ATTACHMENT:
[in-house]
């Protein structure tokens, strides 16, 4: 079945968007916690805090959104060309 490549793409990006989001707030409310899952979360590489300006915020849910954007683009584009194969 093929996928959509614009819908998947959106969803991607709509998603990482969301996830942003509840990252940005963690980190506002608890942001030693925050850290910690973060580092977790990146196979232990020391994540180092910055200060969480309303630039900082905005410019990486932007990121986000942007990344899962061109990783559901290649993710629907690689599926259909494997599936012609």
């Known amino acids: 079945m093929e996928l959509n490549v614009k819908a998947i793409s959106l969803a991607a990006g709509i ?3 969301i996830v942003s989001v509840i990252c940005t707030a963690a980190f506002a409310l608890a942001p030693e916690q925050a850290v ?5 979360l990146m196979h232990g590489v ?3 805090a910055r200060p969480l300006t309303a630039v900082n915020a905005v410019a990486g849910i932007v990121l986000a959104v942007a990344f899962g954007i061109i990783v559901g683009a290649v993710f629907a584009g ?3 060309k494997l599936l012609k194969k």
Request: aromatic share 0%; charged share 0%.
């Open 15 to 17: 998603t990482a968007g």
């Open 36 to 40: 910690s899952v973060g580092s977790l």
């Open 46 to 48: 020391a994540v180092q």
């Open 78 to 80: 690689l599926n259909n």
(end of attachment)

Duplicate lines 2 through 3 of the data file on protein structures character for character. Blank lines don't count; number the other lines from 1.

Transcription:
């Protein structure tokens, strides 16, 4: 079945968007916690805090959104060309 490549793409990006989001707030409310899952979360590489300006915020849910954007683009584009194969 093929996928959509614009819908998947959106969803991607709509998603990482969301996830942003509840990252940005963690980190506002608890942001030693925050850290910690973060580092977790990146196979232990020391994540180092910055200060969480309303630039900082905005410019990486932007990121986000942007990344899962061109990783559901290649993710629907690689599926259909494997599936012609």
């Known amino acids: 079945m093929e996928l959509n490549v614009k819908a998947i793409s959106l969803a991607a990006g709509i ?3 969301i996830v942003s989001v509840i990252c940005t707030a963690a980190f506002a409310l608890a942001p030693e916690q925050a850290v ?5 979360l990146m196979h232990g590489v ?3 805090a910055r200060p969480l300006t309303a630039v900082n915020a905005v410019a990486g849910i932007v990121l986000a959104v942007a990344f899962g954007i061109i990783v559901g683009a290649v993710f629907a584009g ?3 060309k494997l599936l012609k194969k």